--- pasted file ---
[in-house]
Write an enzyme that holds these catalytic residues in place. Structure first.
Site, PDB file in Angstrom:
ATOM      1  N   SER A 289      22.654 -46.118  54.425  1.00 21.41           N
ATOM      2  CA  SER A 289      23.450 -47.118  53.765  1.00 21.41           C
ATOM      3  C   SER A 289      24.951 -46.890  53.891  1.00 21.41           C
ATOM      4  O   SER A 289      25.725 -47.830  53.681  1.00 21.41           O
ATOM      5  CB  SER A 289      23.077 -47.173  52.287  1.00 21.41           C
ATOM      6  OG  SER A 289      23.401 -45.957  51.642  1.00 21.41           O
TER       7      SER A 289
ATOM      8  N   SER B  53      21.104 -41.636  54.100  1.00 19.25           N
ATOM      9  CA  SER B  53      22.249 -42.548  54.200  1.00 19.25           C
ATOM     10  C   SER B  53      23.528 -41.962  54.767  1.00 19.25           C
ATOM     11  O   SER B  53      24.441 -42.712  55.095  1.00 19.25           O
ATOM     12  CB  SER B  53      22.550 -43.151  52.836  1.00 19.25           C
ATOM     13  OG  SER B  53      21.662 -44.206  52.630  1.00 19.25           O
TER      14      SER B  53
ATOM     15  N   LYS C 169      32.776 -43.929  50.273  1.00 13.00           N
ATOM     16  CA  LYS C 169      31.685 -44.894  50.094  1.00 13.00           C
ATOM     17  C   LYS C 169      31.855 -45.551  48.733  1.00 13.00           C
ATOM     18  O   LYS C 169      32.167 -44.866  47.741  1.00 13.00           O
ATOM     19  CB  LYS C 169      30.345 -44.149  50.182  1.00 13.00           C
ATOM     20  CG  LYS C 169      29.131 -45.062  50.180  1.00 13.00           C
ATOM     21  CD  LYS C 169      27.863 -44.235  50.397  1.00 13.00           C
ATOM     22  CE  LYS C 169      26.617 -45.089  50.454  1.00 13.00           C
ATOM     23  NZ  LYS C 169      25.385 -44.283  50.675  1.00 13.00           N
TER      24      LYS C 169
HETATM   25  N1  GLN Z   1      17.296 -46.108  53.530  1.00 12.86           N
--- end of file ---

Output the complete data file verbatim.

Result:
[in-house]
Write an enzyme that holds these catalytic residues in place. Structure first.
Site, PDB file in Angstrom:
ATOM      1  N   SER A 289      22.654 -46.118  54.425  1.00 21.41           N
ATOM      2  CA  SER A 289      23.450 -47.118  53.765  1.00 21.41           C
ATOM      3  C   SER A 289      24.951 -46.890  53.891  1.00 21.41           C
ATOM      4  O   SER A 289      25.725 -47.830  53.681  1.00 21.41           O
ATOM      5  CB  SER A 289      23.077 -47.173  52.287  1.00 21.41           C
ATOM      6  OG  SER A 289      23.401 -45.957  51.642  1.00 21.41           O
TER       7      SER A 289
ATOM      8  N   SER B  53      21.104 -41.636  54.100  1.00 19.25           N
ATOM      9  CA  SER B  53      22.249 -42.548  54.200  1.00 19.25           C
ATOM     10  C   SER B  53      23.528 -41.962  54.767  1.00 19.25           C
ATOM     11  O   SER B  53      24.441 -42.712  55.095  1.00 19.25           O
ATOM     12  CB  SER B  53      22.550 -43.151  52.836  1.00 19.25           C
ATOM     13  OG  SER B  53      21.662 -44.206  52.630  1.00 19.25           O
TER      14      SER B  53
ATOM     15  N   LYS C 169      32.776 -43.929  50.273  1.00 13.00           N
ATOM     16  CA  LYS C 169      31.685 -44.894  50.094  1.00 13.00           C
ATOM     17  C   LYS C 169      31.855 -45.551  48.733  1.00 13.00           C
ATOM     18  O   LYS C 169      32.167 -44.866  47.741  1.00 13.00           O
ATOM     19  CB  LYS C 169      30.345 -44.149  50.182  1.00 13.00           C
ATOM     20  CG  LYS C 169      29.131 -45.062  50.180  1.00 13.00           C
ATOM     21  CD  LYS C 169      27.863 -44.235  50.397  1.00 13.00           C
ATOM     22  CE  LYS C 169      26.617 -45.089  50.454  1.00 13.00           C
ATOM     23  NZ  LYS C 169      25.385 -44.283  50.675  1.00 13.00           N
TER      24      LYS C 169
HETATM   25  N1  GLN Z   1      17.296 -46.108  53.530  1.00 12.86           N